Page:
(Earl's) interests in jazz did not grow until he met Bill Stevens in ninth grade. Mr. Stevens was the jazz band director at FSSA until he retired in 2015. He was an incredible trumpet player, and had a unique way of teaching music to young people. A whole new viewpoint and perspective was introduced to (Earl) by Mr. Stevens. In Simons’ eyes, Mr. Stevens impacted him with the way he approached jazz in class. Jazz began to be the music that he really liked. “It was a way I had never experienced it,” Simons continued. “Mr. Stevens would help our technique to improve, and he treated everybody equal in Big Band by giving opportunities to everyone.”

From "Giant Steps in Jazz" November 9, 2017
The Bennett, featured article on trumpet player Earl Simons by Astra Rincon



Bill Stevens has recently retired as of February 1, 2016 after 25 years of service in the New York City Department of Education as the Assistant Principal - Administration, Supervisor of Performing Arts, Film and Fine Art and the Director of Jazz Studies at the Frank Sinatra School of the Arts in Astoria, Queens.


Currently Bill has directed and coordinated student Jazz programs with the Brooklyn Conservatory of Music, the Lucy Moses School and the New York Jazz Workshop.

BREAKING NEWS: I have just returned from traveling to Oslo, Norway and Copenhagen, Denmark where I was invited to speak at the Joint Research Centres Conference at the Norwegian Academy of Music in Oslo, Norway on November 1 - 3, 2017. This year's conference looked at "The Protean Musician: the musician in future society - What does the future look like for the musician in society?" My presentation looked at the history of Jazz education over the last 100 years and what contemporary Jazz degree programs are currently doing to meet the needs of their students post graduation in the 21st Century. Under the Photo Gallery tab, there are pictures from the conference at the Norwegian Academy of Music and below, you can see the PowerPoint from my presentation:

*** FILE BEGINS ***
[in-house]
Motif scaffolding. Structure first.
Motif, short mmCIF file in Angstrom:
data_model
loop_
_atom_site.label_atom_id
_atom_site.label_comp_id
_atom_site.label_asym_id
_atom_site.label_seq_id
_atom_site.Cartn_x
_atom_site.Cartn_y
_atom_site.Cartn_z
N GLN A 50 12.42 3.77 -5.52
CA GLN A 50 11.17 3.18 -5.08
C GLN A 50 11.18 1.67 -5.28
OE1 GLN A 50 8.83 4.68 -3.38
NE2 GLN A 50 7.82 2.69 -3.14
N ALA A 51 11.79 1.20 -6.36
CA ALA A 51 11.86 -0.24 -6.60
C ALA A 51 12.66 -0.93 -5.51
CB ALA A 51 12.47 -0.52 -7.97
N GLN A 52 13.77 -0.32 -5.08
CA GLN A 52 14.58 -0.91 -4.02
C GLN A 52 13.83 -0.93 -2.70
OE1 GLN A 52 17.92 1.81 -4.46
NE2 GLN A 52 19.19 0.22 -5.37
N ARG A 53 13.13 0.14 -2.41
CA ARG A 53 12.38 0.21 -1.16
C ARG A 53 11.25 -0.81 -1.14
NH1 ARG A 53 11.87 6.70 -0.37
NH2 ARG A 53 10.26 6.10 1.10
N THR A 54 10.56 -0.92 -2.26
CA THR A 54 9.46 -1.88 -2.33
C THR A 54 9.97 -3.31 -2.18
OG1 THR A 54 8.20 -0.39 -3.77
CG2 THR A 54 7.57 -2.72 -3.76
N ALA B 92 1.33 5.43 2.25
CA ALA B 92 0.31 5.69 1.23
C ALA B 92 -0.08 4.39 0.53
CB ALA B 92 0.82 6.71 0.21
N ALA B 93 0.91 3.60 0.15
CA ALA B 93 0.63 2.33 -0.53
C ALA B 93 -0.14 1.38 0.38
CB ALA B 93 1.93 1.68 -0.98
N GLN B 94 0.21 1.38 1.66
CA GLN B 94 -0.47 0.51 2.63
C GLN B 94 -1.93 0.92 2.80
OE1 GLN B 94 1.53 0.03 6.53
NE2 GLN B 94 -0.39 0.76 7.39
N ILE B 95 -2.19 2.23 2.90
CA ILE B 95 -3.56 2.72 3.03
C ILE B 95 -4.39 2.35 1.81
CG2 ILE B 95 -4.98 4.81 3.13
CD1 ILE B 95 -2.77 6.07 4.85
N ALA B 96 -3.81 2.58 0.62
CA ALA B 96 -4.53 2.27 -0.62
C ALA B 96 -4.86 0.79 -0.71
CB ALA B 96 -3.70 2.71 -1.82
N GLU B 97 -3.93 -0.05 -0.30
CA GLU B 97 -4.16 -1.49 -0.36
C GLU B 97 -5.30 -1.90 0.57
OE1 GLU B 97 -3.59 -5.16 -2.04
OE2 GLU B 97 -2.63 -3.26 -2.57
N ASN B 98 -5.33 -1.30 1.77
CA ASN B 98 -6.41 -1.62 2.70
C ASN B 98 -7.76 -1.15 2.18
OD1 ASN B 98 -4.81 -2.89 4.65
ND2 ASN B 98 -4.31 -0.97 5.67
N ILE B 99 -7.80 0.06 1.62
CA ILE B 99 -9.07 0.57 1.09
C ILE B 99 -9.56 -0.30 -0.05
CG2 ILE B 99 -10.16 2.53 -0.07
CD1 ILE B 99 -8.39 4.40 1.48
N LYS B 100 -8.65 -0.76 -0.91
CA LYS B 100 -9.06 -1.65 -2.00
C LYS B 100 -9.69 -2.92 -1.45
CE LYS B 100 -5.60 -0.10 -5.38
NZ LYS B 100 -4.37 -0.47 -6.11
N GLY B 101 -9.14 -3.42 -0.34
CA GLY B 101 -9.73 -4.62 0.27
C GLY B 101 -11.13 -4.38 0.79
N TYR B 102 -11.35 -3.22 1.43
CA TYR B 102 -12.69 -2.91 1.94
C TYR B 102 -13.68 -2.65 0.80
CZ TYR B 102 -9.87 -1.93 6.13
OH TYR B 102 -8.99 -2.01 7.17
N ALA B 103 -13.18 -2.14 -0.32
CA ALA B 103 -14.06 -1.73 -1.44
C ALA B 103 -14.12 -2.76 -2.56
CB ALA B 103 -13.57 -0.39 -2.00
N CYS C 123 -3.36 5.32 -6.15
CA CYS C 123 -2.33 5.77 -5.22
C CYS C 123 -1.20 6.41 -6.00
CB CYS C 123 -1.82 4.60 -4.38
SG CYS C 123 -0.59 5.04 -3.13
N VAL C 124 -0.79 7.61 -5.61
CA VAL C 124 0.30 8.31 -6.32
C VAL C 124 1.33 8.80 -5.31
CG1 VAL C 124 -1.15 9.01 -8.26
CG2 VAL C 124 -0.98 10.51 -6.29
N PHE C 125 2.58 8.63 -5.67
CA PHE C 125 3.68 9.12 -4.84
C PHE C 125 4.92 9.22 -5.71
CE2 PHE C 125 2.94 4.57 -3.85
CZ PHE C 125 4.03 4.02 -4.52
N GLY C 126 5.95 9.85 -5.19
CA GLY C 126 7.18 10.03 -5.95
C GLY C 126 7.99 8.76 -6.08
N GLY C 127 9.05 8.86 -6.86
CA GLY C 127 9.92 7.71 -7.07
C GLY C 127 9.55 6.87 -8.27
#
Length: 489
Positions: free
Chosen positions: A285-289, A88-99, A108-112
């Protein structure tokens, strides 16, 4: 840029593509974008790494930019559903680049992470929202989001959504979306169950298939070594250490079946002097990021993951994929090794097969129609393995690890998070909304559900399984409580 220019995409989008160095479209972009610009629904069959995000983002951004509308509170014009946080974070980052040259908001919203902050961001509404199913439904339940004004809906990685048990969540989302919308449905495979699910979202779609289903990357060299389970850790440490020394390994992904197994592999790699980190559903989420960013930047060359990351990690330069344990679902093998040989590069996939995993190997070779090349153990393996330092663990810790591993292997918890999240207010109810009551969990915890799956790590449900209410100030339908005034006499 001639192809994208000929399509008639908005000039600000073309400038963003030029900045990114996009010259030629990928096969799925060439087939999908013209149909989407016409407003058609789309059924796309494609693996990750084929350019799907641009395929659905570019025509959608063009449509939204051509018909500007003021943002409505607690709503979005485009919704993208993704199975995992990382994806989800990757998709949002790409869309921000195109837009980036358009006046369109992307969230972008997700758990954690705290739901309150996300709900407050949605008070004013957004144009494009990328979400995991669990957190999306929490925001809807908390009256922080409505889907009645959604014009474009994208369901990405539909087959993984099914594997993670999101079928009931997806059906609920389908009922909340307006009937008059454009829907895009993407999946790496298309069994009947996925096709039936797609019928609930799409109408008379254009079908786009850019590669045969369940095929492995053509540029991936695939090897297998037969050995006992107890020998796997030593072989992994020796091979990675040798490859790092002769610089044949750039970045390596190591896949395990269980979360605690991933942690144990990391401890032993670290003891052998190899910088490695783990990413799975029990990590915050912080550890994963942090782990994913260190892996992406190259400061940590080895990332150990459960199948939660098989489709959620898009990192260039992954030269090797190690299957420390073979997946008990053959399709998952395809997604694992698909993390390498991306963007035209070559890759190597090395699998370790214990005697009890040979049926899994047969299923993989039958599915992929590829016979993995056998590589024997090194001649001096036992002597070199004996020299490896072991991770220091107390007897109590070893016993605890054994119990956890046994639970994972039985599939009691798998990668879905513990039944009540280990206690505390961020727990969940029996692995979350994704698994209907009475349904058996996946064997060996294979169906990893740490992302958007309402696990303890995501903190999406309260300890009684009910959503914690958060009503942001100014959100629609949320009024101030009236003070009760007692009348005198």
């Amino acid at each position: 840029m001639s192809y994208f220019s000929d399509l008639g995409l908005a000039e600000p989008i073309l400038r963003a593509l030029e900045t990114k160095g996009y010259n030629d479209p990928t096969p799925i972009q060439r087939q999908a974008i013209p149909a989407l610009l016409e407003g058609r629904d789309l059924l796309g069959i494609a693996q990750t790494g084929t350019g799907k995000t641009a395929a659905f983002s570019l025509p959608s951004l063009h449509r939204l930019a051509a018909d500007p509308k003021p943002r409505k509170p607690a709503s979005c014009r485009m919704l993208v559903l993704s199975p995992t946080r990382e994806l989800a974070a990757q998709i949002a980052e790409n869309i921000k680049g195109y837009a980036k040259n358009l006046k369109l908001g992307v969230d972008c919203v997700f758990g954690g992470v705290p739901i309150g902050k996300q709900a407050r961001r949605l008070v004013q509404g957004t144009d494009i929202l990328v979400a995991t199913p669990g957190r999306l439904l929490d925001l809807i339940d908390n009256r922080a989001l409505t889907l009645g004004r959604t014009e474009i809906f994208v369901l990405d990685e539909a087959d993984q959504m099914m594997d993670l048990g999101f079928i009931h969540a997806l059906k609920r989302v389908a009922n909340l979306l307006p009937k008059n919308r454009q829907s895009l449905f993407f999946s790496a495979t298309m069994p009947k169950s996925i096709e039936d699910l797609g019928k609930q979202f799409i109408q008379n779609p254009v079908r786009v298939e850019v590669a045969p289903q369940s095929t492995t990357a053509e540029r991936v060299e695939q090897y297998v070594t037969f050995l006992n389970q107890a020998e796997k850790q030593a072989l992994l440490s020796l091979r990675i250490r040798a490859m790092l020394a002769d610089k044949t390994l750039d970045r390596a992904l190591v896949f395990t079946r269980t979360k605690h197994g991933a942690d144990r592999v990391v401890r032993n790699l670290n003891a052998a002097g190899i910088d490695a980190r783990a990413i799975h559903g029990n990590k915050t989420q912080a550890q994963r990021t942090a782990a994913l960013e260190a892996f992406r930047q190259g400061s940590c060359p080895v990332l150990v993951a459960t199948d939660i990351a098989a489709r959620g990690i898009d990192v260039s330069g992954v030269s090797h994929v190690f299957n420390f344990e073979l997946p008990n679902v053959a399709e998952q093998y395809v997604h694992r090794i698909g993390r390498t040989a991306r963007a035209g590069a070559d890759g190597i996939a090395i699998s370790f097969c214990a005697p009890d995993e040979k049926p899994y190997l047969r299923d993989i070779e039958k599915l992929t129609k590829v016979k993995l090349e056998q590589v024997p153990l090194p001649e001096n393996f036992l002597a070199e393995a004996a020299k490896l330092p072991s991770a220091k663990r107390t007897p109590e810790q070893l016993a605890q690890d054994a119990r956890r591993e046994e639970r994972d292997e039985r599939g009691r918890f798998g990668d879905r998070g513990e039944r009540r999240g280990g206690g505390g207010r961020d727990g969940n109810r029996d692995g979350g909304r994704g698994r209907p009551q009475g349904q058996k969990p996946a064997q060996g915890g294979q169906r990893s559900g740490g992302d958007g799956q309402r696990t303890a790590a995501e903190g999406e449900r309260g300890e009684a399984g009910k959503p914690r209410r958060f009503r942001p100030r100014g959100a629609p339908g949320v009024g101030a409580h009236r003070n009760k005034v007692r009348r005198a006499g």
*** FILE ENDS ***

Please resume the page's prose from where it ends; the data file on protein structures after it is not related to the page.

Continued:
I play a 1948 Martin Committee model trumpet and a Yamaha YFH-631 flugelhorn (1979). Both my trumpet and flugelhorn mouthpieces are custom made by Giardinelli, New York and Greg Black Mouthpieces. I also own a Yamaha YTR-634 trumpet (1979) and a Benge 3X trumpet (1972). 


While in high school in Syracuse, New York two individuals, my high school band director Burt Dunlap and Jazz drummer George Reed, taught me that the study of music, and Jazz improvisation in particular, requires dedication. Years later, in my studies with Jack Walrath and Joe Solomon, I have learned that the study of music is a life long journey best taken slowly. What is learned during this journey must be shared with your peers and passed on to the next generation.



As a doctor diagnoses each patient, my mission as a teacher is to seek each individual student looking to expand their musical knowledge through the long term qualities of mastery of their instrument through deep practice to develop the musical concepts of style, taste, communication, chord/scale theory including the study of chord progressions and rhythm. 

An explanation of each quality:

1. Mastery of the Instrument – the ability to execute

the ideas that you hear quickly and easily

2. Style – your voice, your statement of who you are

3. Taste – is a process of elimination, choosing what to play,

when to play and the use of incorporating space

4. Communication – the direct link between you and

the band and between you and the audience

5. Chord /Scale Theory & the Study of Chord Progressions –

to learn and become familiar with

nomenclature, chord progressions and scale choices.

6. Rhythm – is what will combine all of the

prior elements into a cohesive statement



Private lessons are available on trumpet, Jazz improvisation and composition/arranging


Many of my concepts in teaching Jazz Improvisation were passed to me through my studies with Joe Solomon who studied this material as a student himself with Lennie Tristano and Sal Mosca. Please find below the teaching concepts of Lennie Tristano and Sal Mosca as taught to me by Joe Solomon.


I discovered this book called Trumpet Mechanics by Thomas Heberer and I found it to be very well organized. I believe that it is important to be a life-long learner and continually search for new material for your own growth, as well as for the growth of your students. It follows and explains much of what I, and no doubt we, teach with my(our) own trumpet students. I have posted it here as a reference to share. I want to thank and give credit to Thomas Heberer for posting this document on the internet.




Bill Stevens is also available for clinics on the following:
* Ensemble Rehearsal Techniques
* Brass, Woodwinds, Keyboards, Bass and Drums
* The Rhythm Section
* Jazz Improvisation - Click here to see my Jazz_Improvisation_Method_Book.pdf



For the college level student majoring in Jazz Studies, view a draft of my Jazz_Pedagogy_Curriculum.pdf 

As a 25 year teacher and administrator with the New York City

Department of Education, I have recently assembled

a guide book for Assistant Principal's Administration/Organization

to assist in the day-to-day operations of a

public or private high school. Administrative_Guide_Book.pdf


For information and rates, use the contact tab to email me.









Bill Stevens Artist, Composer, Educator

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